His most ambitious project is building the buses from scratch.

In Sierra Leone, like most of Africa, electric vehicles have not yet gained traction because they are more expensive and there is little electricity and no infrastructure to charge vehicles.

Due to the electricity challenge, James Samba noted that the bus operates without fuel or oil, can self-recharge itself, and can carry up to 10 passengers, among other functions.

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Sallu Kamuskay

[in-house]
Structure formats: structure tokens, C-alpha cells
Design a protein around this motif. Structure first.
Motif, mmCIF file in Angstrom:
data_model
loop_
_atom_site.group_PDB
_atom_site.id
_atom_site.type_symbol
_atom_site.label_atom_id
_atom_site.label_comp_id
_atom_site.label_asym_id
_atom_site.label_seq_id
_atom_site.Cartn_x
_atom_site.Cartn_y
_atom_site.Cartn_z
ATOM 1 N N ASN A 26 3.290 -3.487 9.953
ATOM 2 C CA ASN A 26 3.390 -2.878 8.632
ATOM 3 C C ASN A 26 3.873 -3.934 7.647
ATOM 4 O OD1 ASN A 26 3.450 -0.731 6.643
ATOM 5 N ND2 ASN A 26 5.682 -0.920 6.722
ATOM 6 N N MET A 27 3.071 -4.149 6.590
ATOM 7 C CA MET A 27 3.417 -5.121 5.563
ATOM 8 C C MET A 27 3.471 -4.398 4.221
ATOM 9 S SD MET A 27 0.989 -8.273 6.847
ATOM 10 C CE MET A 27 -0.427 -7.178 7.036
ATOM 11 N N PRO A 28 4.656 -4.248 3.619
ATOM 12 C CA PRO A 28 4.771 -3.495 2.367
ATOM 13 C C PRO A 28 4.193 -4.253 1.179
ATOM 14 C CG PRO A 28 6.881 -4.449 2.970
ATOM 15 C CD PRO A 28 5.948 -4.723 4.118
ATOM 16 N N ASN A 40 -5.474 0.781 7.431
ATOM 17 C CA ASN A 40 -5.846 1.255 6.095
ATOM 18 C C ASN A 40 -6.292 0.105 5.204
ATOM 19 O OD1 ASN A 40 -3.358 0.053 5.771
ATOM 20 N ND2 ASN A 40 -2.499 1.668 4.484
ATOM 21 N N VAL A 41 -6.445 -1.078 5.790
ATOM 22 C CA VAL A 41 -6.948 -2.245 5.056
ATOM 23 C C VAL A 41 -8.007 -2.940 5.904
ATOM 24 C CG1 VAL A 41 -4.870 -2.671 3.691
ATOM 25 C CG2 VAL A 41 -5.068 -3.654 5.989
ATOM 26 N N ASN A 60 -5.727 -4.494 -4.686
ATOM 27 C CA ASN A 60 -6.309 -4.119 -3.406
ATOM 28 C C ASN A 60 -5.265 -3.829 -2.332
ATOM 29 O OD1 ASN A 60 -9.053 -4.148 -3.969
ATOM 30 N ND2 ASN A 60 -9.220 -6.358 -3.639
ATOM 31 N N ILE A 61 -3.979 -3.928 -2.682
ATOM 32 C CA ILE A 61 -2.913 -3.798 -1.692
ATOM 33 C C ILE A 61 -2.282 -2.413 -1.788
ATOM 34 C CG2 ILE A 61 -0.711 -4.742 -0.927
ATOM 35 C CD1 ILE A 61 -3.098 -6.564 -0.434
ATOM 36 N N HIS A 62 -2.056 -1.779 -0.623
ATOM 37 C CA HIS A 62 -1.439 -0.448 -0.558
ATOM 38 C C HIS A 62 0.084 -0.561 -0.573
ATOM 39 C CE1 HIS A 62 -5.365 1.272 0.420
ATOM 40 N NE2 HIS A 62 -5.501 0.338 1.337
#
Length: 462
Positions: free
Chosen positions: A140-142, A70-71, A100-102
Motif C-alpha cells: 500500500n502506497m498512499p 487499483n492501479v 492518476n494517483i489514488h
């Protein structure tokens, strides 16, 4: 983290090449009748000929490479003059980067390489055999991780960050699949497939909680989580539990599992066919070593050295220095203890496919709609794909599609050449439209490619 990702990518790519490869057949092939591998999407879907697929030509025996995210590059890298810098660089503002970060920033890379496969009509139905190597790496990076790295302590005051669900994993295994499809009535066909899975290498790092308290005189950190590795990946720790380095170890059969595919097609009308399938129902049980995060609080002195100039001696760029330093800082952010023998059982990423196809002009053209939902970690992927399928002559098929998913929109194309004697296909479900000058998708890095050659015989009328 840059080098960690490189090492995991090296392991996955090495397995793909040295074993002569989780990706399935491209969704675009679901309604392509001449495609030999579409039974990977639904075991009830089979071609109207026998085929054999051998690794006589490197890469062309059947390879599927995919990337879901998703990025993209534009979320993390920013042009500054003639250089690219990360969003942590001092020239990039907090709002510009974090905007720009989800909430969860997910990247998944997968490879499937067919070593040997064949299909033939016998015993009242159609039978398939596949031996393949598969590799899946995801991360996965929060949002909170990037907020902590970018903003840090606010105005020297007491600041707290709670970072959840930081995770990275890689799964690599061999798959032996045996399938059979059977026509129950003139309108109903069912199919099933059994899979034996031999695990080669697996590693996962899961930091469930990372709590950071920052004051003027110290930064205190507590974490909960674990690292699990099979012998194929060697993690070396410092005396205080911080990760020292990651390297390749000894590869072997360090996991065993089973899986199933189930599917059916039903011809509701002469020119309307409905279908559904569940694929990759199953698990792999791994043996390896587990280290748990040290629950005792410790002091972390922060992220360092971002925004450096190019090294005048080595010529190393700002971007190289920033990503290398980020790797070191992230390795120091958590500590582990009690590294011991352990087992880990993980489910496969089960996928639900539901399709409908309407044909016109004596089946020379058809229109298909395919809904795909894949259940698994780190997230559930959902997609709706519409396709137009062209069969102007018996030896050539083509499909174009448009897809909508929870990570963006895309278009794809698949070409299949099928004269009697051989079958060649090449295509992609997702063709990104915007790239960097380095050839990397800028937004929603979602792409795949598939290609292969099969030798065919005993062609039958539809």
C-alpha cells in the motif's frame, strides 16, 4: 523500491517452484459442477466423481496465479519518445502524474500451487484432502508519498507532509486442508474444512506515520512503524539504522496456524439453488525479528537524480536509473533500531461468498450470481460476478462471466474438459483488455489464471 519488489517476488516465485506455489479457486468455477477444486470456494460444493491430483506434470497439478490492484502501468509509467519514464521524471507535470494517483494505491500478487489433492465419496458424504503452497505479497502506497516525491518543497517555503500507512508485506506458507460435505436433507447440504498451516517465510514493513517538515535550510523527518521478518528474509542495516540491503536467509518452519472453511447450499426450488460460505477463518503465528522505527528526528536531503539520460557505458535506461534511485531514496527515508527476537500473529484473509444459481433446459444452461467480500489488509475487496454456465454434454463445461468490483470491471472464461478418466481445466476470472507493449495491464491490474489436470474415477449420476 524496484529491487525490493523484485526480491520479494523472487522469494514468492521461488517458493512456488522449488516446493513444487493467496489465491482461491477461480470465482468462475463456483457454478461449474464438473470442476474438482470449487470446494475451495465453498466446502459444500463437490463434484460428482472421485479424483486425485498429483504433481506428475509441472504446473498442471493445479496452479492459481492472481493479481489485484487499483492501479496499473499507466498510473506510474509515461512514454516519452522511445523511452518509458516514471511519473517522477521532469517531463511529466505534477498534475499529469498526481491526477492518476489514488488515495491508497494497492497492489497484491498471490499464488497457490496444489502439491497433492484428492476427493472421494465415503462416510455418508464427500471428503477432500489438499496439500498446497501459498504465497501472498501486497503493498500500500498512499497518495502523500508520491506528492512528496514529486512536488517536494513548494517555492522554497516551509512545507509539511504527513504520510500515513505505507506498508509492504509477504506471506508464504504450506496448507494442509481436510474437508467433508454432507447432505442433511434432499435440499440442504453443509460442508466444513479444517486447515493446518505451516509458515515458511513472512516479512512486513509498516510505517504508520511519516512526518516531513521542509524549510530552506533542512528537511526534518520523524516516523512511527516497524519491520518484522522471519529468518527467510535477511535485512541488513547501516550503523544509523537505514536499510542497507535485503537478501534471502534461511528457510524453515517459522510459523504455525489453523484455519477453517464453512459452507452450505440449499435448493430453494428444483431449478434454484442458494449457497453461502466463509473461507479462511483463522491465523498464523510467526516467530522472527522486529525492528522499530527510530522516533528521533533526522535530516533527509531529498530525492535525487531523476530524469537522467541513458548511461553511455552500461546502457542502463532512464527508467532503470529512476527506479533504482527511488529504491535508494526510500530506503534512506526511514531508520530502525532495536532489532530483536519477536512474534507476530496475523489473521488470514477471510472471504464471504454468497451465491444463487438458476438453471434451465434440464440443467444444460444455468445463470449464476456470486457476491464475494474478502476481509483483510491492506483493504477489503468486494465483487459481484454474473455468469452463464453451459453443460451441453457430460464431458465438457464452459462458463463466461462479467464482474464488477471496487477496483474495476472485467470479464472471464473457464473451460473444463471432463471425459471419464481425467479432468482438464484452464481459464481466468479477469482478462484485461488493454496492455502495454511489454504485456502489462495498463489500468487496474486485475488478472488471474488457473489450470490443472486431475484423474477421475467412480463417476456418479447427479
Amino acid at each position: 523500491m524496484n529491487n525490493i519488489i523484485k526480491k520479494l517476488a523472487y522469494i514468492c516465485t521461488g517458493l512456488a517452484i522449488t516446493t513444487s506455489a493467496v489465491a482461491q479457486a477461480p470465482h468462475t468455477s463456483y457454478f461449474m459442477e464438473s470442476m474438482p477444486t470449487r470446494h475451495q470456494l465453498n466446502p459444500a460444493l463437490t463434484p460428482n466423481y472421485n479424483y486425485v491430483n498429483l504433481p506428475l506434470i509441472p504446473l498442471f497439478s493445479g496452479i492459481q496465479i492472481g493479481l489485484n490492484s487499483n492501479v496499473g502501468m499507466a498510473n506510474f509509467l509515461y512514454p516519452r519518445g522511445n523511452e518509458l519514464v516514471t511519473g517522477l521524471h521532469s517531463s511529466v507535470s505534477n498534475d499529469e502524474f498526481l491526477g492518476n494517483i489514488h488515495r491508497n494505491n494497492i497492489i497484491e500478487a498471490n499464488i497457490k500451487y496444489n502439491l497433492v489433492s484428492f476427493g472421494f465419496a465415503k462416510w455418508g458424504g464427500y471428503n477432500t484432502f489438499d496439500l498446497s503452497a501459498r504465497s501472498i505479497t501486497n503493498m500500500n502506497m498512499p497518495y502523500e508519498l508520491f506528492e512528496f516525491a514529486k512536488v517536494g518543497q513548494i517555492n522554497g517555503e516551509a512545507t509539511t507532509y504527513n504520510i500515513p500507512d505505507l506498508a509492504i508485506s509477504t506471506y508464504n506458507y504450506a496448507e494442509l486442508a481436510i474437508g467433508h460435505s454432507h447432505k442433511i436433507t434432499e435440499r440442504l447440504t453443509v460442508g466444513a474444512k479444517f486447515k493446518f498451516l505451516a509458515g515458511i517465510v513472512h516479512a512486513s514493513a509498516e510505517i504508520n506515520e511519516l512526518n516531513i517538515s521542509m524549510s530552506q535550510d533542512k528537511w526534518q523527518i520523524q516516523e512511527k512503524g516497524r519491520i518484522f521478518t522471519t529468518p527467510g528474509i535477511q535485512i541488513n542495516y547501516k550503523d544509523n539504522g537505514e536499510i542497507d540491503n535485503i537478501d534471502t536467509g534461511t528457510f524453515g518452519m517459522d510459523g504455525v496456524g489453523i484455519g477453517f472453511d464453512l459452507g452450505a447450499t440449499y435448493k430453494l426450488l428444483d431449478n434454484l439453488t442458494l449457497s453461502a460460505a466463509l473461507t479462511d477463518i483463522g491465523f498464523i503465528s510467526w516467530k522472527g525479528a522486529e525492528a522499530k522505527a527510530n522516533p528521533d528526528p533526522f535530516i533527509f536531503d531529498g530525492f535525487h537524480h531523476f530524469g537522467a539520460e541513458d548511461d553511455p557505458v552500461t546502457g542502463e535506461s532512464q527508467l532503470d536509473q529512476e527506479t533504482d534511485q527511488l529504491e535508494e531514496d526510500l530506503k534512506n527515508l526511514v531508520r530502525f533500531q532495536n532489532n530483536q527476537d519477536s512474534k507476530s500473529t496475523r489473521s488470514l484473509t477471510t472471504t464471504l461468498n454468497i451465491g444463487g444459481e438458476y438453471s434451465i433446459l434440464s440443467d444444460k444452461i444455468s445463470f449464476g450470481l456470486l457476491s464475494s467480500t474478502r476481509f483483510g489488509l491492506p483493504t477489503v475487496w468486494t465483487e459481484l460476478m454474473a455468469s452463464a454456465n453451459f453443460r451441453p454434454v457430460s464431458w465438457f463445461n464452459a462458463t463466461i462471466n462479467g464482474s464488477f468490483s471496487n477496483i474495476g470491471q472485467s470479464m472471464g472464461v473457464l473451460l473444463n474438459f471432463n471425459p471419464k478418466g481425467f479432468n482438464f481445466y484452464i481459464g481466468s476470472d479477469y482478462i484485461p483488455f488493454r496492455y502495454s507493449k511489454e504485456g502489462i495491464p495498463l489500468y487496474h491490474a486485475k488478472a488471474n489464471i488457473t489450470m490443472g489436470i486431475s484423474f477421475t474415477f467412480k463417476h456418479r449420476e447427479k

Sallu Kamuskay is a Sierra Leonean activist, storyteller, and blogger. He was born in Sierra Leone but later relocated to Guinea as a refugee because of the war in his country. Sallu Kamuskay uses his phone to engage on social media, under the name ‘’Salone Messenger’. He Co-Founded the Salone Messenger platform after his experience of the war, Ebola, and injustices. According to him, silence was the root cause of war, and of many social injustices, we continue to face as a nation. In 2013, during the Ebola crisis, Sallu Kamuskay took the risk and volunteered to fight Ebola. He spent some months in both safe and unsafe places; helping the victims and telling their sad stories. The election in 2018, left a divided country with communities fighting on tribal lines. This inspired Sallu Kamuskay to serve as the coordinator of the United Sierra Leone peace concert, which was organized in 4 major parts of the country, targeting violent communities and troubled youth. Sallu Kamuskay led a group of entertainers, activists, and organizations across the country on a peace tour, a program supported by the European Union, United Sierra Leone, Africa Union, ECOWAS, and the Messeh Leone Trust. Sallu Kamuakay has also served as a staff writer for the Hidden Voices Magazine. Over the years, Sallu Kamuskay has been using his Techno phone to be able to tell stories, the phone he used to tell the story of Gbessay during Ebola who was admitted at one of the Ebola treatment centers after rumors that she had Ebola when the actual sickness was ulcer, she was almost abandoned at the treatment canter with no medication provided to her. She could have died. Sallu told the story via social media and was able to secure funding from the United Sierra Leone to buy her medication and advocated for her. She was later discharged and taken home, He did the same to a patient that died and was abandoned in the street, Sallu Kamuskay used his phone and shared the message across, the corps was later taken and buried. It could have been more disaster without his voice. The story of late America Stress 3-year-old daughter. The hero’s daughter was abandon after his father's death. He shared her sad story and was able to get a sister who has taken the child as her own and is currently providing her with educational support. The article of America Stress can be read on the link below http://ayvnewspaper.com/index.php/k2-categories/item/7350-america-stress-a-hero-to-recognize. Sallu Kamuskay feels the stories of Gbessay, America stress and that of many others need to be told. The media house we have cannot better tell these stories, they are better reporters than telling human interest stories. He created the Salone Messenger platform and brought together passionate storytellers to be able to tell these compelling stories.